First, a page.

FROM Guy Adams
Competition: In the Olympic Games and in the Media As world-class athletes go for the gold , NBC television goes for the audience. But those formerly passive viewers now have a voice, and it's a loud one. On Twitter and Facebook, on blog after blog, NBC has been excoriated since the opening ceremonies: for commentary, dramatizations and especially tape delays. Instead of destroying the old business model, are the New Media reinforcing it? Photo: USA gymnasts celebrate on the podium after winning the gold medal in the Artistic Gymnastics Women's Team final on Day 4
Competition: In the Olympic Games and in the Media As world-class athletes go for the gold, NBC television is going for the audience. But those formerly passive viewers now have a voice -- and it's a loud one. On Twitter and Facebook, on blog after blog, NBC has been excoriated since the opening ceremonies: for commentary, dramatizations and especially tape delays. At the same time, prime time viewing is off the charts. We hear from the tweeter who was famously shut down and from inside NBC strategy sessions.
Presidential Race Makes a Stop in California Since the 1969 oil spill, Santa Barbara has not been the place where political candidates talk about increased drilling offshore. That’s part of John McCain’s plan for energy independence, but when he came to Santa Barbara today, he didn’t talk about it either. Barack Obama’s so-called “dinner” at 4pm today in the Dorothy Chandler Pavilion was organized by Hillary supporter and friend-of-Bill John Emerson. Samuel L. Jackson, Dennis Quaid, Cindy Crawford and Sugar Ray Leonard were expected to be on hand. But for a candidate who could fill Staples Center—or maybe the Coliseum—just 500 to 800 people were invited to an event scheduled for an “intimate” room in the Dorothy Chandler Pavillion.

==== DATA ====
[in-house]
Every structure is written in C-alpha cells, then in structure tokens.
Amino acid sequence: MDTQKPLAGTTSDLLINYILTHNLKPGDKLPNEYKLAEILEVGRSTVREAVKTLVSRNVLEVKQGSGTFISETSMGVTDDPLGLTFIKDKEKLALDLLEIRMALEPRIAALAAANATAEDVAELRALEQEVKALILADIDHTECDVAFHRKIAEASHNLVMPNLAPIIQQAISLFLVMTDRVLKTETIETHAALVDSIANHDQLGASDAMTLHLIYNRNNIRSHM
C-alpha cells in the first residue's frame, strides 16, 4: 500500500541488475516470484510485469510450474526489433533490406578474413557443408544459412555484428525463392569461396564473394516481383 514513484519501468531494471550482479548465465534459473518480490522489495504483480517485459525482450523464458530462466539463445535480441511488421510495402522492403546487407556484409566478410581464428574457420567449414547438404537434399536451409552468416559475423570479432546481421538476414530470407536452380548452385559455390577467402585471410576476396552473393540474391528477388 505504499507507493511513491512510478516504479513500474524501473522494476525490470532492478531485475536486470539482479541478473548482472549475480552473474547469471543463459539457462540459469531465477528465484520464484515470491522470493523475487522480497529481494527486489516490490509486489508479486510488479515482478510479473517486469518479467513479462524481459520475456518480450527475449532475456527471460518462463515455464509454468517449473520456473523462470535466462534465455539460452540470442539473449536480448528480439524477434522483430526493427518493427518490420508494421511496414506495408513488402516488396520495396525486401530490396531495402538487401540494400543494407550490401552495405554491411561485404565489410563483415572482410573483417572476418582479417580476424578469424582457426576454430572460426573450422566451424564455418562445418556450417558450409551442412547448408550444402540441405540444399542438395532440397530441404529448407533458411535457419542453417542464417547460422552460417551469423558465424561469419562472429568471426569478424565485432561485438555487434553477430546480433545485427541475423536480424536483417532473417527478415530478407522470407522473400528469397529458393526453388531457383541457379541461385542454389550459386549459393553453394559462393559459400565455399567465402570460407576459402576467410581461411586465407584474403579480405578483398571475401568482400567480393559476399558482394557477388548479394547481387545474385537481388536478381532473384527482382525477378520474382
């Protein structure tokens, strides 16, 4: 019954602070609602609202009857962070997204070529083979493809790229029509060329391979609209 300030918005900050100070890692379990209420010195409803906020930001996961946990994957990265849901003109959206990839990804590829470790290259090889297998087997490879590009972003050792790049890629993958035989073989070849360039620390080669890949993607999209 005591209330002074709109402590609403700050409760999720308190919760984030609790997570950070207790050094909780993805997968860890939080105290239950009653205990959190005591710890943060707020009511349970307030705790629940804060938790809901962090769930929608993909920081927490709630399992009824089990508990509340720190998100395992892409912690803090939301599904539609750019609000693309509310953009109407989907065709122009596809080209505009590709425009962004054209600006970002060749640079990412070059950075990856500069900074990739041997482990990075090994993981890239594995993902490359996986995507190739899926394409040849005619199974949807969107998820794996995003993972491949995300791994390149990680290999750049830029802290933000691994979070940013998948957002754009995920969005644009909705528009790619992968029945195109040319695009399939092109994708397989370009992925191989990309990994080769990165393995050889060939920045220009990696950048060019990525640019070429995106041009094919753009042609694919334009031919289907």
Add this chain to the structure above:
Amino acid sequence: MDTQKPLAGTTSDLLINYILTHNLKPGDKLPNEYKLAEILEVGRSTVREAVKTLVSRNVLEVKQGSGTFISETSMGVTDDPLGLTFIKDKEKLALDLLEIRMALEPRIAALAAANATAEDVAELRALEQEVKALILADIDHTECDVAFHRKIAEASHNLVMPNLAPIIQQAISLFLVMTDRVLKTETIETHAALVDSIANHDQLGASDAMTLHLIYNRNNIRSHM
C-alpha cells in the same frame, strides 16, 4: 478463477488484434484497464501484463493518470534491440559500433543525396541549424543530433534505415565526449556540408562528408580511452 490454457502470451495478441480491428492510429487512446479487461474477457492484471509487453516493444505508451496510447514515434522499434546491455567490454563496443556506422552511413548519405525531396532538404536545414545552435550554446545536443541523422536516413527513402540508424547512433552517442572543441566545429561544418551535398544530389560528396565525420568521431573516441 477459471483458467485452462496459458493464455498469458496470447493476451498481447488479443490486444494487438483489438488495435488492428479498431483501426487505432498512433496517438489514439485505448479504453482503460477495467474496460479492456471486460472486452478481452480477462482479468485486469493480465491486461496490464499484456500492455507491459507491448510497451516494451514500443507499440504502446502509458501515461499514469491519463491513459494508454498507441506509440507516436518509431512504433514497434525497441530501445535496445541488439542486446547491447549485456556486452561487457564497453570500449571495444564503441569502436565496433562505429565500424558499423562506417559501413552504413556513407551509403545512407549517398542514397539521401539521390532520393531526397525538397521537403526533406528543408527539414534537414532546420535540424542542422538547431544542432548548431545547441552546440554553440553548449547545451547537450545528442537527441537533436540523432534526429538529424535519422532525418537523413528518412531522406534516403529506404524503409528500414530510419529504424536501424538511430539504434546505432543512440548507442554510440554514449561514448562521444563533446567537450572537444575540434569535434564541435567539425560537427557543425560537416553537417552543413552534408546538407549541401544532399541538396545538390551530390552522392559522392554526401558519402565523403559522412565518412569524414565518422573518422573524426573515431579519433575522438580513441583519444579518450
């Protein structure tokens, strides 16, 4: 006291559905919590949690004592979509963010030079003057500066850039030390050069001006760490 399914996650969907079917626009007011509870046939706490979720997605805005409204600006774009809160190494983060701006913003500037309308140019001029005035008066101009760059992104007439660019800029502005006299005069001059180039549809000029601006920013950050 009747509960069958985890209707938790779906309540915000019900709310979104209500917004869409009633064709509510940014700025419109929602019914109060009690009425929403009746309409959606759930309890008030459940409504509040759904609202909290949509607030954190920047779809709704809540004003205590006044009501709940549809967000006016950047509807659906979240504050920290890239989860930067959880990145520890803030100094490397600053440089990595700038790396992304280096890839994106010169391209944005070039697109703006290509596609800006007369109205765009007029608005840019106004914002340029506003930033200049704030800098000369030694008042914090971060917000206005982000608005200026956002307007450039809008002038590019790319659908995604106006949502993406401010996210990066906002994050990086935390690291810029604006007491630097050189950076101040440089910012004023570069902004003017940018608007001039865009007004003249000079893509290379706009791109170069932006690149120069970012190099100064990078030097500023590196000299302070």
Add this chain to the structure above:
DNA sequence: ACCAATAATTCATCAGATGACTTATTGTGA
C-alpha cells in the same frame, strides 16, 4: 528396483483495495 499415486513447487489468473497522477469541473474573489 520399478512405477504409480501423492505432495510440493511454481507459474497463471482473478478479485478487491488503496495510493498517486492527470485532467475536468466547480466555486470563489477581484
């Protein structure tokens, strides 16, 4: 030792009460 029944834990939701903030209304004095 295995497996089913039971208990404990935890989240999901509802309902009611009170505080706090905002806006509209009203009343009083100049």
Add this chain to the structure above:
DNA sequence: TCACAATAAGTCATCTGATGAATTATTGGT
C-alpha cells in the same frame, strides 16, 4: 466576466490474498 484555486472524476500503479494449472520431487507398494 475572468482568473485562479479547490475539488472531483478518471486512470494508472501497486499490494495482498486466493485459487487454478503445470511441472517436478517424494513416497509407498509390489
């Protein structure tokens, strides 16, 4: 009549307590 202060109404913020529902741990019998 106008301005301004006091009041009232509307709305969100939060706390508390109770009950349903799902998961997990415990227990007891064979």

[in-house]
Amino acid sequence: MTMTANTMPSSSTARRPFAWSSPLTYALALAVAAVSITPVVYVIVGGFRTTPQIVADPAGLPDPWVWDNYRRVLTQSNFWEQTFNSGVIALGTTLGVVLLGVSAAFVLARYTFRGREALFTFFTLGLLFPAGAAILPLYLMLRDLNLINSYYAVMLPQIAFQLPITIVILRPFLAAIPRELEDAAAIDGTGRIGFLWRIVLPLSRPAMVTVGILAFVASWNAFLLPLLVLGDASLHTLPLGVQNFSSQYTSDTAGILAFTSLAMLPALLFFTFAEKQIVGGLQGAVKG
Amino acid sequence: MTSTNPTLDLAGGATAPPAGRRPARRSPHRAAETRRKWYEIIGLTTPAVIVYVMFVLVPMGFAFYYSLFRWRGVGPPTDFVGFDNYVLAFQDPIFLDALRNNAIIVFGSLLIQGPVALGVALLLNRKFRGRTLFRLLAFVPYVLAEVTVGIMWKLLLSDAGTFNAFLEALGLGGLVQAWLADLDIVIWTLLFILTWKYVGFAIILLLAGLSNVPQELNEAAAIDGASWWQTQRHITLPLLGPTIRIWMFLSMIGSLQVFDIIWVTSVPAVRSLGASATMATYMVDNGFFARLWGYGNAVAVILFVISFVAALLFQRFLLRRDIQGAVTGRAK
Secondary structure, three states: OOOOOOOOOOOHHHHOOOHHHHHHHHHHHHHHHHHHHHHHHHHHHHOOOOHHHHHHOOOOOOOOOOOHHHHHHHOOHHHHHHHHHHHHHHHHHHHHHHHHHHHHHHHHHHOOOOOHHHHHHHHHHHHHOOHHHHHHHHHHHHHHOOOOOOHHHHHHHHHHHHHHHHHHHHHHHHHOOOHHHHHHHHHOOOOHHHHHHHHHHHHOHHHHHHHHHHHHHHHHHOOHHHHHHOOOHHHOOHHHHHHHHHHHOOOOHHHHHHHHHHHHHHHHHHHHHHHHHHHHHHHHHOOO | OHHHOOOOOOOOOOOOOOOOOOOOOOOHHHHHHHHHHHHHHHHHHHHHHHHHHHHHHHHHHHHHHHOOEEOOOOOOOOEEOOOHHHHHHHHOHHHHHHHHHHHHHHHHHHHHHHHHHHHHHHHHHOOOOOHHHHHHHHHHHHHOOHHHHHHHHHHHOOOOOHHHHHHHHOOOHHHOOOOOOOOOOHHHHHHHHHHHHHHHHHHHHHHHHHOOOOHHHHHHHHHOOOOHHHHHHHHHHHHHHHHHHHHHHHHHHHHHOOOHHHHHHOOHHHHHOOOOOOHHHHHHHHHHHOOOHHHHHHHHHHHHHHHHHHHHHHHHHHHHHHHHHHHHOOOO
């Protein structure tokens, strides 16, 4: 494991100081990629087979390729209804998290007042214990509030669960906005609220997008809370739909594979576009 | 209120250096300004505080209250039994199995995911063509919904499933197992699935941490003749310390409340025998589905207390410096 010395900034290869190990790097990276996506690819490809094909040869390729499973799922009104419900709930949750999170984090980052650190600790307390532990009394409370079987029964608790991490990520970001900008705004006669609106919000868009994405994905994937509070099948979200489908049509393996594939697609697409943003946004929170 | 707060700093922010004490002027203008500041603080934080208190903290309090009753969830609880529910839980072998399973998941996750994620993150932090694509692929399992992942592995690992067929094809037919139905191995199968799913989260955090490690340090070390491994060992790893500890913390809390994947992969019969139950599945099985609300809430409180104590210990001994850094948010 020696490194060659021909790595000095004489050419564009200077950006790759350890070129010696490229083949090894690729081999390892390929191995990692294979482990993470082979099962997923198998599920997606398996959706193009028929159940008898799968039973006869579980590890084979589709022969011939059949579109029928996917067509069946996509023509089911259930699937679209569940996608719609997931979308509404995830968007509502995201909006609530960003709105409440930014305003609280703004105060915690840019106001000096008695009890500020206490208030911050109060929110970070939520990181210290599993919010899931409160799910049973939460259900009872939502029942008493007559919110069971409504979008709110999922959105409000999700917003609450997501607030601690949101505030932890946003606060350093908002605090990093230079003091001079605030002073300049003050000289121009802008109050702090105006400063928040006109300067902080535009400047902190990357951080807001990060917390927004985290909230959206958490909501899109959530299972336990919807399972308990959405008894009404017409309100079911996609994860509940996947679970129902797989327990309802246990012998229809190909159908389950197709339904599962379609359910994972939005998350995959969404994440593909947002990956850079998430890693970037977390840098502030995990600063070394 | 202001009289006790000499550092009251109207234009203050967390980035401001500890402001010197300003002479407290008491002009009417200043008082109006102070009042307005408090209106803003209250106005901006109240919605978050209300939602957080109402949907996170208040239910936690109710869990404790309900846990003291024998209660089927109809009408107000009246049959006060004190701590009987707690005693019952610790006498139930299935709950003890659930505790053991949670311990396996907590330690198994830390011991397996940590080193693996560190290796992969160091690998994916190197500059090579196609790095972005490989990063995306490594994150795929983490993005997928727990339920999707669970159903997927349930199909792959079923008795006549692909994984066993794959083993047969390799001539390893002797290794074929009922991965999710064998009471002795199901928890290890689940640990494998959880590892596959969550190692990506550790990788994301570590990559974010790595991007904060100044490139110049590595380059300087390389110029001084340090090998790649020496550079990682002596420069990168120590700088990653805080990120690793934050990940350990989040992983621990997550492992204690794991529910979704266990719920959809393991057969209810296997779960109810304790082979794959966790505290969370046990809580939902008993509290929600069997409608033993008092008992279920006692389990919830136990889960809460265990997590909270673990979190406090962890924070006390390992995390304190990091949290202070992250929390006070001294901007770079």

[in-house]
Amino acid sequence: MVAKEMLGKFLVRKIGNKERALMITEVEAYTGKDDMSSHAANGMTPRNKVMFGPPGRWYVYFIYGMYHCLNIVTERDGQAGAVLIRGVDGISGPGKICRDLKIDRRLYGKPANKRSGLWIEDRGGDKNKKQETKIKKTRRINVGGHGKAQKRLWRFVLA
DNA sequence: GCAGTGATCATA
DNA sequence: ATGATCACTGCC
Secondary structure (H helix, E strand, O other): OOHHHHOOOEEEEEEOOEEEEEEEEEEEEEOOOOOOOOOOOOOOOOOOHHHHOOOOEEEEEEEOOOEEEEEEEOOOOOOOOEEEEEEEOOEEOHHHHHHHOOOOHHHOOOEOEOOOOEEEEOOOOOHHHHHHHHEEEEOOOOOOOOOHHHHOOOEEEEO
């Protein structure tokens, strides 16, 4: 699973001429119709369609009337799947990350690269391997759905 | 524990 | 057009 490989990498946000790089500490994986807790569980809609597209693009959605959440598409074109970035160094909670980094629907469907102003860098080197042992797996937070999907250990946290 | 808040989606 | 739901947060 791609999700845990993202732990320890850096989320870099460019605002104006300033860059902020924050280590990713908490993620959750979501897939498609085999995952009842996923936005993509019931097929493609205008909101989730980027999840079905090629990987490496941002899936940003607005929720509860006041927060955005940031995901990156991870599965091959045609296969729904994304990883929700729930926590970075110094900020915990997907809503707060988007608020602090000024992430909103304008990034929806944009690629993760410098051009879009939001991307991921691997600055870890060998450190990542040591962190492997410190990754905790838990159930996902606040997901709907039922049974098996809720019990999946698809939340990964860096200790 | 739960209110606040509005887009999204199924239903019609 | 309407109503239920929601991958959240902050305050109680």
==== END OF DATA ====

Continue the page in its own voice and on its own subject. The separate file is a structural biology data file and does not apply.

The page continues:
Venezuela spirals into economic and political chaos Venezuela, a country whose potential for prosperity is unmatched, finds itself on the verge of civil war. What sustains the repressive government? With time running out, guest host León Krauze looks at what the international community can do to pull the country from the edge of collapse.
Trump plays scolder-in-chief with NATO allies At the opening of NATO’s dramatic new headquarters in Brussels today, President Trump acknowledged that Article 5 — promising that “an attack on one nation is an attack on all” -- has only been invoked one time: in the aftermath of September 11. But the President failed to provide what 27 other Alliance members have been waiting for: a re-commitment by America’s new leader to Article 5. Instead, they got a scolding.
What happens when America retreats from the world? Is President Trump taking his "America First" agenda to extremes, withdrawing the country from the international stage on trade and climate change, distancing America from its traditional allies across the Atlantic and even threatening to physically isolate the country through the building of a wall along its southern border? León Krauze guest hosts.